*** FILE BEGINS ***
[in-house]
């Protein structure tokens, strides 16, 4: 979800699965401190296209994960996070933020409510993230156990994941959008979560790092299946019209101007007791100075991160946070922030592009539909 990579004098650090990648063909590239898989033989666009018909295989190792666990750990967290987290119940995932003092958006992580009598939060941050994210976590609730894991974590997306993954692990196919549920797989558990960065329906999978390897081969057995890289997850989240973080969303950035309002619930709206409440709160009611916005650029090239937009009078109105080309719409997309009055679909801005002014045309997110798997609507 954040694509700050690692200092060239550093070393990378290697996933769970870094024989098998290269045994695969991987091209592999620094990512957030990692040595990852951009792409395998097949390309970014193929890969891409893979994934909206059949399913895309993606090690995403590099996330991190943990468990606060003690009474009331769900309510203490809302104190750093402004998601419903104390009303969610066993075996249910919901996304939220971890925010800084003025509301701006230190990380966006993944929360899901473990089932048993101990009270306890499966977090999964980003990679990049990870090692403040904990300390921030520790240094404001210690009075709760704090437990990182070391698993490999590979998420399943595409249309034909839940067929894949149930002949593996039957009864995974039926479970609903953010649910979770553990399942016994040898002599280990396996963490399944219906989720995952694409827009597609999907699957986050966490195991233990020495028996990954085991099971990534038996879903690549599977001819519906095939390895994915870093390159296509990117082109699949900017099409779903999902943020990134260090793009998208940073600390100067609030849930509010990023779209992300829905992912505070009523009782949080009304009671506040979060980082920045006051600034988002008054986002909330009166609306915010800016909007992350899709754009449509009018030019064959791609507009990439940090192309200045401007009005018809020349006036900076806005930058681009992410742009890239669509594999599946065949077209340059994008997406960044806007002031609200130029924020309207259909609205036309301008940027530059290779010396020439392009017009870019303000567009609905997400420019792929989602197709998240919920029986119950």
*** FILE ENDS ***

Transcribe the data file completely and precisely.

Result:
[in-house]
């Protein structure tokens, strides 16, 4: 979800699965401190296209994960996070933020409510993230156990994941959008979560790092299946019209101007007791100075991160946070922030592009539909 990579004098650090990648063909590239898989033989666009018909295989190792666990750990967290987290119940995932003092958006992580009598939060941050994210976590609730894991974590997306993954692990196919549920797989558990960065329906999978390897081969057995890289997850989240973080969303950035309002619930709206409440709160009611916005650029090239937009009078109105080309719409997309009055679909801005002014045309997110798997609507 954040694509700050690692200092060239550093070393990378290697996933769970870094024989098998290269045994695969991987091209592999620094990512957030990692040595990852951009792409395998097949390309970014193929890969891409893979994934909206059949399913895309993606090690995403590099996330991190943990468990606060003690009474009331769900309510203490809302104190750093402004998601419903104390009303969610066993075996249910919901996304939220971890925010800084003025509301701006230190990380966006993944929360899901473990089932048993101990009270306890499966977090999964980003990679990049990870090692403040904990300390921030520790240094404001210690009075709760704090437990990182070391698993490999590979998420399943595409249309034909839940067929894949149930002949593996039957009864995974039926479970609903953010649910979770553990399942016994040898002599280990396996963490399944219906989720995952694409827009597609999907699957986050966490195991233990020495028996990954085991099971990534038996879903690549599977001819519906095939390895994915870093390159296509990117082109699949900017099409779903999902943020990134260090793009998208940073600390100067609030849930509010990023779209992300829905992912505070009523009782949080009304009671506040979060980082920045006051600034988002008054986002909330009166609306915010800016909007992350899709754009449509009018030019064959791609507009990439940090192309200045401007009005018809020349006036900076806005930058681009992410742009890239669509594999599946065949077209340059994008997406960044806007002031609200130029924020309207259909609205036309301008940027530059290779010396020439392009017009870019303000567009609905997400420019792929989602197709998240919920029986119950």